After spending nearly three weeks in the waiting room of the hospital’s critical care unit, my family and I began to truly loathe our surroundings.
The standard-issue vinyl chairs in various shades of taupe and grey-blue.
The scratchy flooring made to withstand innumerable wheelchair rolls but not comfortable or cozy enough to truly be called carpet.
The neon glare and buzzing hum of the vending machines.
And the boring wallpaper that seemed to say both “cheer up” and “it’s okay to cry ― he’s probably not going to make it.”
But it was the Christmas tree that pushed my mom over the edge.
“One hour in the hospital is like a full day anyplace else,” wrote physician Richard Senelick in a piece about the toll that spending time in the ICU takes on family members. My dad spent 10 weeks in the hospital after a heart attack and cardiac arrest necessitated quintuple bypass surgery, so by those calculations, my family spent years in that waiting room.
We were beleaguered, bored and exhausted beyond belief, and when my mom threatened to toss the Christmas tree out the seventh-floor window, we realized her frustration really wasn’t about the holiday decorations at all.
Could anything have made our experience more tolerable?
Researchers have attempted to answer this question in the last few decades. In surveying relatives of critically ill patients, medical professionals sought to determine the needs of patients’ families. They learned what family members needed most during this time: a sense of hope, an honest and adequate flow of information, and a feeling that hospital staff cared about their family member.
“Everything about a hospital is set up for the convenience of doctors and medical staff. ... Nothing is designed for the convenience of the family.”
Additional research produced a tool known as the “critical care family needs inventory.” The assessment asks family members to rate the importance of basic needs, such as talking to the doctor every day and having their questions answered honestly. The tool has been refined over the years and adapted for use with specific populations, such as cardiac patients.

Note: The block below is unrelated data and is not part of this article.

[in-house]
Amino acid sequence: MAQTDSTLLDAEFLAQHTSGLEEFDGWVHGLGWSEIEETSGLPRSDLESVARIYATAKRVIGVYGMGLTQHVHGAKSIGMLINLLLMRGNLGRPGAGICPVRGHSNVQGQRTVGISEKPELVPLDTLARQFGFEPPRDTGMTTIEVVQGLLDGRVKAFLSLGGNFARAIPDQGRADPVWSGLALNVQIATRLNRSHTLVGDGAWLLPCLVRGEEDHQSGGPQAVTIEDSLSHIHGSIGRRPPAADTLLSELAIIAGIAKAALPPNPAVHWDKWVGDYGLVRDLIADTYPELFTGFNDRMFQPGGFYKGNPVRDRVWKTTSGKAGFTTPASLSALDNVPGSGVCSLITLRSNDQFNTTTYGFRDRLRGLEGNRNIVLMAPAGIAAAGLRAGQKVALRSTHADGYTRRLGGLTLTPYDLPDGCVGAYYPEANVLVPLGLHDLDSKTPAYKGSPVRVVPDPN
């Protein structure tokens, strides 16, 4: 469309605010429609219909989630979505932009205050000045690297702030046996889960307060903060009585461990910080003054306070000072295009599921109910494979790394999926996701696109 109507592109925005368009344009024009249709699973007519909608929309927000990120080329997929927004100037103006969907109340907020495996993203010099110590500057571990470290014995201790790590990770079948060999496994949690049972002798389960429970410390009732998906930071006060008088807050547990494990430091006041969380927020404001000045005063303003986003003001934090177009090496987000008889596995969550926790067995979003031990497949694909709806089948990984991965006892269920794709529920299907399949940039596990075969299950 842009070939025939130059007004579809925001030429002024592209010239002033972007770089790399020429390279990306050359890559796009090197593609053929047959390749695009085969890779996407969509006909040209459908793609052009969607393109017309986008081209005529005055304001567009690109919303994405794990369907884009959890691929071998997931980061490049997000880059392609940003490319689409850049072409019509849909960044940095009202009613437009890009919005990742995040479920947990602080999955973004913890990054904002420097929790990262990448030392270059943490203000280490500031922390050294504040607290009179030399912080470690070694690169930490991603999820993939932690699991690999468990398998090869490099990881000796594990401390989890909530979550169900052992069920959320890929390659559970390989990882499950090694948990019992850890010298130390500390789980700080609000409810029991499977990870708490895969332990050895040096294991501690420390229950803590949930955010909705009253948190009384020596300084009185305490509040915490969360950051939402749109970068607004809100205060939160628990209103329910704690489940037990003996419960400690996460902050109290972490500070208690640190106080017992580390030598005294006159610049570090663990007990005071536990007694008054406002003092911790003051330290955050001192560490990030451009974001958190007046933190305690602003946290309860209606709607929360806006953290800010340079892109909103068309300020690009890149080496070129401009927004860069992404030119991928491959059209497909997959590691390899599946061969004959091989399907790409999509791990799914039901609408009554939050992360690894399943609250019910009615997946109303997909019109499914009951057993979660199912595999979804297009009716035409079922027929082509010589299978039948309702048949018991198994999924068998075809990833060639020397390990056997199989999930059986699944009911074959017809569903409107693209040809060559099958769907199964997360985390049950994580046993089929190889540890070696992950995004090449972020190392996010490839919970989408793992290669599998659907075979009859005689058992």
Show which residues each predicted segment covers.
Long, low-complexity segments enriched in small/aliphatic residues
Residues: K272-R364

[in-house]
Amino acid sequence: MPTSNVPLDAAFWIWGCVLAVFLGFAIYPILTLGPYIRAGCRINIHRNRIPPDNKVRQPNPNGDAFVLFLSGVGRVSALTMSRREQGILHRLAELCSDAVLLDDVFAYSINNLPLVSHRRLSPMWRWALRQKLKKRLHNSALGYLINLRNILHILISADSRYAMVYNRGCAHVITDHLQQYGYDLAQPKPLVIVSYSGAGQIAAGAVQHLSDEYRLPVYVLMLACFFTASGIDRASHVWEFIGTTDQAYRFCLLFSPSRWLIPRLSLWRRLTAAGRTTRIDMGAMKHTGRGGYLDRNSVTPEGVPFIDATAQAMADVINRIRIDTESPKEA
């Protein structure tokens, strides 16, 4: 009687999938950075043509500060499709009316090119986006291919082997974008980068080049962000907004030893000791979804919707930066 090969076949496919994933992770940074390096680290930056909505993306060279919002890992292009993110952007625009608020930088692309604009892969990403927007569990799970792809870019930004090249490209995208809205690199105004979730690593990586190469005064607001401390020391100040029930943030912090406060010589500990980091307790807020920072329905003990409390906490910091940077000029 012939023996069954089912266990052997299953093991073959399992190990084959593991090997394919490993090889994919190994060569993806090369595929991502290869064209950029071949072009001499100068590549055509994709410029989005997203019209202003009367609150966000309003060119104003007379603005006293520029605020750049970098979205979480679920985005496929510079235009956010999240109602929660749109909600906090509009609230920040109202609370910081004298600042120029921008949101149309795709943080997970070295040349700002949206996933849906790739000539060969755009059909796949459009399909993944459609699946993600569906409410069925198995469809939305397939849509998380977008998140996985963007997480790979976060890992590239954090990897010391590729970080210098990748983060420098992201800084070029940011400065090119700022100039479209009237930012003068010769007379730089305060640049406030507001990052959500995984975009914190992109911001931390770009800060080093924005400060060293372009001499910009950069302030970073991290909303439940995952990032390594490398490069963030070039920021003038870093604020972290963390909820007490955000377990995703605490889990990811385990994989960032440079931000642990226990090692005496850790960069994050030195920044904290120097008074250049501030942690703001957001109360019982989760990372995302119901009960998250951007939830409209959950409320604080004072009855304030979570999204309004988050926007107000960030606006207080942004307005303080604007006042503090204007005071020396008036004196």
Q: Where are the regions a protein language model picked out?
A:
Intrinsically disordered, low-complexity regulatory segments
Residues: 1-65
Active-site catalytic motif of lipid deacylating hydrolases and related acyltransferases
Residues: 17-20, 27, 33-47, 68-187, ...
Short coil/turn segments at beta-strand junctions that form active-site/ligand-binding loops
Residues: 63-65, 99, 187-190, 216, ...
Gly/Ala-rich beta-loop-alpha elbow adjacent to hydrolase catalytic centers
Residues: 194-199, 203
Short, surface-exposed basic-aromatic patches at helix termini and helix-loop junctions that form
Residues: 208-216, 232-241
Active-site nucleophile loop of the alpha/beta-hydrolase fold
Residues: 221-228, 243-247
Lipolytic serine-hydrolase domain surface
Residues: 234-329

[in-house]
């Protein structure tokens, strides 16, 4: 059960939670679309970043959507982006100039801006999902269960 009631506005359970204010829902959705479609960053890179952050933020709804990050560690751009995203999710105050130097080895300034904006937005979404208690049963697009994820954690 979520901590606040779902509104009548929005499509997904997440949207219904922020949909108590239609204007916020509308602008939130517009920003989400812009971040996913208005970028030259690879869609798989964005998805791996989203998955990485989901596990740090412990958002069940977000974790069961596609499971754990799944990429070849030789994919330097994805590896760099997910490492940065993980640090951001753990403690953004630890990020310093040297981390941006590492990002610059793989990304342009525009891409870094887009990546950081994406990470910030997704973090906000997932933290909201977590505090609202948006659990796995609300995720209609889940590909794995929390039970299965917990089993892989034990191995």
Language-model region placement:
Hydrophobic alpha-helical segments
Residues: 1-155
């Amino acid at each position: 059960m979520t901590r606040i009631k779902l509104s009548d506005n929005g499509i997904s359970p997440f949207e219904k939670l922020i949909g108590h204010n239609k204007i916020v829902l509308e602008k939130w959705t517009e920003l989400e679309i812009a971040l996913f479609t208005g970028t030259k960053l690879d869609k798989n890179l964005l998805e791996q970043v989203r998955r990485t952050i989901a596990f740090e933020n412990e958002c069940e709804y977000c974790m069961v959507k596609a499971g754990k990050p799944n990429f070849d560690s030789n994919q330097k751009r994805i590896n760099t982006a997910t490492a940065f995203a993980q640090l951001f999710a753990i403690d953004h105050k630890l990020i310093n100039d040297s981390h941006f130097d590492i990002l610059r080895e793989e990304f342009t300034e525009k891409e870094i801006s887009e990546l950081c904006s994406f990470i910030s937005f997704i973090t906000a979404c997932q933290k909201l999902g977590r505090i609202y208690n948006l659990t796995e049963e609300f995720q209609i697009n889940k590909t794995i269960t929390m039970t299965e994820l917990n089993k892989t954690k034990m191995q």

Finding the right balance between hope and reality is surely a daunting challenge for the medical providers responsible for sharing information with a patient’s loved ones. Too much hope, and you’re set up for a fall. Too much reality, and you risk emotional paralysis.
Our experience was a mixed bag. My dad had been in critical care long beyond what we’d expected following surgery, so we knew things weren’t exactly ideal. But we didn’t know just how far from ideal until one doctor pulled us aside to report that my dad was “probably the sickest person in the entire hospital.” Needless to say, Dr. Doom did little to spark hope.
Other staff navigated difficult conversations with compassion and gave us a realistic sense of the road ahead. When we learned my dad could come off the ventilator, a critical care nurse warned us that the weaning process would be long and very difficult. She let us know he would need to spend a few additional weeks at the hospital and likely a couple of months at a rehab facility. She was right, almost to the exact date, and her unhopeful but sobering information was a great kindness.
Hospitals have made some strides in recent years to improve access to the things family members care about when they’re spending extended time in waiting rooms. Researchers have found that family members benefit from rooms equipped with varied seating options, secure lockers in which to keep personal belongings, and accessible bathrooms in or near the room. Some hospitals provide meals for family members or pantries equipped with microwaves. Others streamline access to loved ones by providing family members with keycards to enter locked ICUs at any hour.